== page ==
Selling arms to Saudis in Yemen fight breaches international law, Britain told
Government accused over refusal to suspend export licences in wake of strikes on Yemen
The government has been put on notice that it is in breach of international law for allowing the export of British-made missiles and military equipment to Saudi Arabia that might have been used to kill civilians.
The hugely embarrassing accusation comes after human rights groups, the European parliament and the UN all expressed concerns about Saudi-led coalition attacks in Yemen. Lawyers acting for the Campaign Against the Arms Trade(CAAT) have stepped up legal proceedings against the Department for Business, Innovation and Skills, which approves export licences, accusing it of failing in its legal duty to take steps to prevent and suppress violations of international humanitarian law.
In a 19-page legal letter seen by the Observer, CAAT warns that the government’s refusal to suspend current licences to Saudi Arabia, and its decision “to continue the granting of new licences” for military equipment that may be destined for use in Yemen, is unlawful. The letter cites article two of the EU Council Common Position on arms sales, which would compel the UK to deny an export licence if there was “a clear risk” that equipment might be used in a violation of international humanitarian law.
Lawyers for CAAT have given the government 14 days to suspend licences allowing the export of military equipment to Saudi Arabia, pending the outcome of a review of its obligations under EU law and its own licensing criteria. A failure to comply would see proceedings against the government, which would force it to explain in the high court what steps it has taken to ensure that UK military hardware is not being used in breach of international law.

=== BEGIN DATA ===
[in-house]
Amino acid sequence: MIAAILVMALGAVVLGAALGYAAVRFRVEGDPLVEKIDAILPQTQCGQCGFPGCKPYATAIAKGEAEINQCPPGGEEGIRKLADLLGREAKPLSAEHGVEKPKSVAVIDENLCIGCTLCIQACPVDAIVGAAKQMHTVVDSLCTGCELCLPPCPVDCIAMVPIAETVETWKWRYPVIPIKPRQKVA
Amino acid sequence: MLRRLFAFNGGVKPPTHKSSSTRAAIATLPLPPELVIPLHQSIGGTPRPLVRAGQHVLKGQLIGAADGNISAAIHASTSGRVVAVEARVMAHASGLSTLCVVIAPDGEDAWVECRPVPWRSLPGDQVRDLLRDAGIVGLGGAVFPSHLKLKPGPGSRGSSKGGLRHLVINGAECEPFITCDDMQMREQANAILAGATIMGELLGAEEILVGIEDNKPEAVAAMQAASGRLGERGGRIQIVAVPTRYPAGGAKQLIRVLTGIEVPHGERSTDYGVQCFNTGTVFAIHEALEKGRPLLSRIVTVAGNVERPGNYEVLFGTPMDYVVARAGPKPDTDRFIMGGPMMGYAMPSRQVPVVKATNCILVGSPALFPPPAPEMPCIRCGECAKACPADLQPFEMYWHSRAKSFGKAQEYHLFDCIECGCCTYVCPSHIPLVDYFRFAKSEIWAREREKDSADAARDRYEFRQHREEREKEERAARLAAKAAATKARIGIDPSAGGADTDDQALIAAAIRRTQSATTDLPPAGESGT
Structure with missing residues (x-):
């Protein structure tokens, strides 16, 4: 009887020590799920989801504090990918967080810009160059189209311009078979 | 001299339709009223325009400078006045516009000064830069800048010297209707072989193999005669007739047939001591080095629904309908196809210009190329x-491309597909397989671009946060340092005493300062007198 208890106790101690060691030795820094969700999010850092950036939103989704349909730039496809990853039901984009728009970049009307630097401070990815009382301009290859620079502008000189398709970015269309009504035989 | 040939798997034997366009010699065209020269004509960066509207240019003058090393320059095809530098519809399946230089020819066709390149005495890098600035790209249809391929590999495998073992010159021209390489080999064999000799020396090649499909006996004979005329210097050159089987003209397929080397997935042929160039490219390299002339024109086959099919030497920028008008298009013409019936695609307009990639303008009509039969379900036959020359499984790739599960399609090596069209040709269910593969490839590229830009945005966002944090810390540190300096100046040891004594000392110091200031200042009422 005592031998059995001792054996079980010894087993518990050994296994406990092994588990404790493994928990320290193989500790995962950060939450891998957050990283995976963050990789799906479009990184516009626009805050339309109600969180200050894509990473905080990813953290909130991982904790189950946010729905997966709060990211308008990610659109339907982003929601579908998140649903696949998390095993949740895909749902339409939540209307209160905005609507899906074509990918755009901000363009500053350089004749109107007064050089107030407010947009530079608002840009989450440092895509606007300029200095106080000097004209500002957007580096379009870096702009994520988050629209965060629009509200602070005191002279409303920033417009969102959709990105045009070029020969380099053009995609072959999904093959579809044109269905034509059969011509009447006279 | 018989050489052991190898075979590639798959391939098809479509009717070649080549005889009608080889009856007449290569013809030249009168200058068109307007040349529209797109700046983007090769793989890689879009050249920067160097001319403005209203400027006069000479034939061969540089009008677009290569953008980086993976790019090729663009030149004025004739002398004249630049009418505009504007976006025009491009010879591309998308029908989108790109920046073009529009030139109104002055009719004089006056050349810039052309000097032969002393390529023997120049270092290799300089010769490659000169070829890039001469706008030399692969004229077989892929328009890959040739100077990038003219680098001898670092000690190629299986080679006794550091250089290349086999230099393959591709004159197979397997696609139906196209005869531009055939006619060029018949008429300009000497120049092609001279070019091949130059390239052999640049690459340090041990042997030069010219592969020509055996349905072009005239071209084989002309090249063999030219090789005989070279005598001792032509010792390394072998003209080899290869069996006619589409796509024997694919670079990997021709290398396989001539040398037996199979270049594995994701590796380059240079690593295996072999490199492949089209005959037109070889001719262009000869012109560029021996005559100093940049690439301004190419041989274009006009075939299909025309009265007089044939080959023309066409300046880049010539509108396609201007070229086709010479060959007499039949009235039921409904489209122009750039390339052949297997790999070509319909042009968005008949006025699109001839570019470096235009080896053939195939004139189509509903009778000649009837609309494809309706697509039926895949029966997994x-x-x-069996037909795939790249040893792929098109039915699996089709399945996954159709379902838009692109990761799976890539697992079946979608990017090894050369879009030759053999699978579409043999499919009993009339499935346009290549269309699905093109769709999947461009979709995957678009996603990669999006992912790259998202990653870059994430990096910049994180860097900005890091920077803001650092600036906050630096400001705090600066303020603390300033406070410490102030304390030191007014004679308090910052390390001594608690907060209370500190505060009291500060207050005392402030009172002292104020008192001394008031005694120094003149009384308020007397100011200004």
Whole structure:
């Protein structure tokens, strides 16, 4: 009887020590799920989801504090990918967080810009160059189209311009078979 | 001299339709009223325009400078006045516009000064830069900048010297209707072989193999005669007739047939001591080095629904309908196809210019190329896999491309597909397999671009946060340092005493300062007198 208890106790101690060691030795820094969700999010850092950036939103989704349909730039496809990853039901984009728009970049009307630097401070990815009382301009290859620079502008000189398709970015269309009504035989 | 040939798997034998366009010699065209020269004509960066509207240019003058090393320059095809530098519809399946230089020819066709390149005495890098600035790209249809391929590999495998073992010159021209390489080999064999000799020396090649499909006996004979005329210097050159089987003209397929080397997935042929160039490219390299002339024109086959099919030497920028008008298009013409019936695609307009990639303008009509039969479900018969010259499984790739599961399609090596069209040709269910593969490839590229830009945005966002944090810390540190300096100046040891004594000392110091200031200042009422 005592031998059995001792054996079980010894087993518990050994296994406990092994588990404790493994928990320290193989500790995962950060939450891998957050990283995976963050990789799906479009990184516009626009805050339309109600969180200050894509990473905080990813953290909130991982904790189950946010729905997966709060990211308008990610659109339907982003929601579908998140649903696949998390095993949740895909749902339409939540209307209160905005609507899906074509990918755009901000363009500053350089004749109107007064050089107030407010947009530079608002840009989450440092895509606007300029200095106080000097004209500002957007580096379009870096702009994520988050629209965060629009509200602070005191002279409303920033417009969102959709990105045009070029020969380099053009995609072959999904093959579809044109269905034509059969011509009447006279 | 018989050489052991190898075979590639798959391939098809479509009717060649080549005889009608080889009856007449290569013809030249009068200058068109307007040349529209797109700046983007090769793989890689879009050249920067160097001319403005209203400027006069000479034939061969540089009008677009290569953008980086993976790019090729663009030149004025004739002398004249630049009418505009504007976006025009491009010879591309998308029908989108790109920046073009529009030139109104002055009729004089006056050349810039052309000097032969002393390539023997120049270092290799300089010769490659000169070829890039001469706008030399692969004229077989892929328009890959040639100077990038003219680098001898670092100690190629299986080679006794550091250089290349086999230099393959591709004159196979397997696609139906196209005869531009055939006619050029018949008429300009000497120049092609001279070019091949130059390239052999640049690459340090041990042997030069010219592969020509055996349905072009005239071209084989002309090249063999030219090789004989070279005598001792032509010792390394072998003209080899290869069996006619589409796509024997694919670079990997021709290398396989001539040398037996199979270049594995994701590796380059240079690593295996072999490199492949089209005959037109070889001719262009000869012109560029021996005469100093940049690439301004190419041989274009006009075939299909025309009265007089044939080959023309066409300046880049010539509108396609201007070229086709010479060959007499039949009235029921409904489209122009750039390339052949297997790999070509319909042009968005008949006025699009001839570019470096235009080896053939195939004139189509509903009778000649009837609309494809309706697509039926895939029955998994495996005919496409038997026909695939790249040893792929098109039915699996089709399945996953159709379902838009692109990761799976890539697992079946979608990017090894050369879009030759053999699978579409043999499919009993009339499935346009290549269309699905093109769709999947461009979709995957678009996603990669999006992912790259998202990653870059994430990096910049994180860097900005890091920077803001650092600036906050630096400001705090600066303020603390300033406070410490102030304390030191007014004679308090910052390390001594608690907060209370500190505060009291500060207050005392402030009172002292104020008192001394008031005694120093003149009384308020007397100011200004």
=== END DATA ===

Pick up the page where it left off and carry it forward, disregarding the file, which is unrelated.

“UK weapons have been central to a bombing campaign that has killed thousands of people, destroyed vital infrastructure and inflamed tensions in the region,” said Andrew Smith of CAAT. “The UK has been complicit in the destruction by continuing to support airstrikes and provide arms, despite strong and increasing evidence that war crimes are being committed.”
The legal move places the UK’s relationship with Saudi Arabia in the spotlight at a sensitive time. Almost £6bn of UK arms have been licensed to Saudi Arabia since David Cameron took office. However, concerns about the country’s human rights record have led to calls for the UK to stop arming the Saudis. Last weekend, Saudi authorities staged a mass execution of 47 prisoners; at least four were convicted for their involvement in political protests. In the wake of the executions, Belgium announced it would ban arms sales to Saudi Arabia. Germany’s Greens have demanded their country do the same.
When pressed in the past the UK has refused to suspend the arms exports, claiming that they comply with all legal frameworks. A Foreign Office minister, Tobias Ellwood, told parliament last July: “We have not seen any credible evidence that suggests that the [Saudi-led] coalition has breached the law.”
However, Amnesty International has warned of “a pattern of appalling disregard for civilian lives displayed by the Saudi Arabia-led military coalition”. The UN has expressed similar concerns. Last year Saudi-led coalition strikes hit a Médecins Sans Frontières mobile clinic and hospital and several schools. Saudi coalition strikes are alleged to have targeted electricity and water plants.
A spokeswoman for the Department for Business confirmed that it had received the letter, filed by law firm Leigh Day, but could not comment because of “ongoing legal action”.
Last week Leigh Day defended itself against accusations that lawsuits it had brought against the government on behalf of Iraqis who claimed that they had been abused by British forces were a form of “ambulance chasing”.